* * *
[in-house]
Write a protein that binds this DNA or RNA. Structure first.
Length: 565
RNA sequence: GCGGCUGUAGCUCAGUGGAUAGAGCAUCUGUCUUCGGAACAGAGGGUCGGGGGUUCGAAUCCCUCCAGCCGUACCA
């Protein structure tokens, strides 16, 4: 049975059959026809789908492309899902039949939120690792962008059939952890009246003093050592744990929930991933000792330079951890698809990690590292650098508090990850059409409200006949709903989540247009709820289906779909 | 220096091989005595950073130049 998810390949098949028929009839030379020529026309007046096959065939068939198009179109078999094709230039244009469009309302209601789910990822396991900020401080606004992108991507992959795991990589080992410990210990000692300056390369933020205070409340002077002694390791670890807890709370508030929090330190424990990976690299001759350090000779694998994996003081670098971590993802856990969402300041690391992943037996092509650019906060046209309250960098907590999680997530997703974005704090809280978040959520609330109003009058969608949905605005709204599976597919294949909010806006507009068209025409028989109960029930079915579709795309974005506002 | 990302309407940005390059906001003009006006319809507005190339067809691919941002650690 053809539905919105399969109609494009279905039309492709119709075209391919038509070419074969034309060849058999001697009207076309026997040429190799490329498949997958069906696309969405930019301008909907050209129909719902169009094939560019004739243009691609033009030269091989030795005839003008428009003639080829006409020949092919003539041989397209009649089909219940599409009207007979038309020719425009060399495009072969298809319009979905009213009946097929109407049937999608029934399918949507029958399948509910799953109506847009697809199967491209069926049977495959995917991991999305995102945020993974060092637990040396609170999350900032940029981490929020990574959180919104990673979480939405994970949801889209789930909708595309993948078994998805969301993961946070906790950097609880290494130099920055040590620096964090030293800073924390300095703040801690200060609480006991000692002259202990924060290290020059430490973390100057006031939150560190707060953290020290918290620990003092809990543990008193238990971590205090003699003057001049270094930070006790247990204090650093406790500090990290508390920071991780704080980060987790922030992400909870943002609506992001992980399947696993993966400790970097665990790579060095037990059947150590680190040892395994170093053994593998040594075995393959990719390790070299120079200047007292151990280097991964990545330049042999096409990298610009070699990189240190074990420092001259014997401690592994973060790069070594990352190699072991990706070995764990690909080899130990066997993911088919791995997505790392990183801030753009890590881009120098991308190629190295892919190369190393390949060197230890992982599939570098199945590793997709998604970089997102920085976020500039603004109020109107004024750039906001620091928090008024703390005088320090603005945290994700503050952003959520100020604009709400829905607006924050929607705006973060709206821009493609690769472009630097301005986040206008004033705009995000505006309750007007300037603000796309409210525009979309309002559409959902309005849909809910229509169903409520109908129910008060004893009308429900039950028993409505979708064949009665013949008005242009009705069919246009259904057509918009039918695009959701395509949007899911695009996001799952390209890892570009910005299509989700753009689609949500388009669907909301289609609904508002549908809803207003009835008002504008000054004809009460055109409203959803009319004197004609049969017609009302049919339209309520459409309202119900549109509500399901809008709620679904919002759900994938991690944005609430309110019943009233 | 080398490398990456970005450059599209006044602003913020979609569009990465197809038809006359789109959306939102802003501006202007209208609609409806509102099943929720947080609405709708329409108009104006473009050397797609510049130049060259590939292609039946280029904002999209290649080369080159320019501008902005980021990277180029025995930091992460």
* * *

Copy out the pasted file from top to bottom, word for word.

[in-house]
Write a protein that binds this DNA or RNA. Structure first.
Length: 565
RNA sequence: GCGGCUGUAGCUCAGUGGAUAGAGCAUCUGUCUUCGGAACAGAGGGUCGGGGGUUCGAAUCCCUCCAGCCGUACCA
């Protein structure tokens, strides 16, 4: 049975059959026809789908492309899902039949939120690792962008059939952890009246003093050592744990929930991933000792330079951890698809990690590292650098508090990850059409409200006949709903989540247009709820289906779909 | 220096091989005595950073130049 998810390949098949028929009839030379020529026309007046096959065939068939198009179109078999094709230039244009469009309302209601789910990822396991900020401080606004992108991507992959795991990589080992410990210990000692300056390369933020205070409340002077002694390791670890807890709370508030929090330190424990990976690299001759350090000779694998994996003081670098971590993802856990969402300041690391992943037996092509650019906060046209309250960098907590999680997530997703974005704090809280978040959520609330109003009058969608949905605005709204599976597919294949909010806006507009068209025409028989109960029930079915579709795309974005506002 | 990302309407940005390059906001003009006006319809507005190339067809691919941002650690 053809539905919105399969109609494009279905039309492709119709075209391919038509070419074969034309060849058999001697009207076309026997040429190799490329498949997958069906696309969405930019301008909907050209129909719902169009094939560019004739243009691609033009030269091989030795005839003008428009003639080829006409020949092919003539041989397209009649089909219940599409009207007979038309020719425009060399495009072969298809319009979905009213009946097929109407049937999608029934399918949507029958399948509910799953109506847009697809199967491209069926049977495959995917991991999305995102945020993974060092637990040396609170999350900032940029981490929020990574959180919104990673979480939405994970949801889209789930909708595309993948078994998805969301993961946070906790950097609880290494130099920055040590620096964090030293800073924390300095703040801690200060609480006991000692002259202990924060290290020059430490973390100057006031939150560190707060953290020290918290620990003092809990543990008193238990971590205090003699003057001049270094930070006790247990204090650093406790500090990290508390920071991780704080980060987790922030992400909870943002609506992001992980399947696993993966400790970097665990790579060095037990059947150590680190040892395994170093053994593998040594075995393959990719390790070299120079200047007292151990280097991964990545330049042999096409990298610009070699990189240190074990420092001259014997401690592994973060790069070594990352190699072991990706070995764990690909080899130990066997993911088919791995997505790392990183801030753009890590881009120098991308190629190295892919190369190393390949060197230890992982599939570098199945590793997709998604970089997102920085976020500039603004109020109107004024750039906001620091928090008024703390005088320090603005945290994700503050952003959520100020604009709400829905607006924050929607705006973060709206821009493609690769472009630097301005986040206008004033705009995000505006309750007007300037603000796309409210525009979309309002559409959902309005849909809910229509169903409520109908129910008060004893009308429900039950028993409505979708064949009665013949008005242009009705069919246009259904057509918009039918695009959701395509949007899911695009996001799952390209890892570009910005299509989700753009689609949500388009669907909301289609609904508002549908809803207003009835008002504008000054004809009460055109409203959803009319004197004609049969017609009302049919339209309520459409309202119900549109509500399901809008709620679904919002759900994938991690944005609430309110019943009233 | 080398490398990456970005450059599209006044602003913020979609569009990465197809038809006359789109959306939102802003501006202007209208609609409806509102099943929720947080609405709708329409108009104006473009050397797609510049130049060259590939292609039946280029904002999209290649080369080159320019501008902005980021990277180029025995930091992460």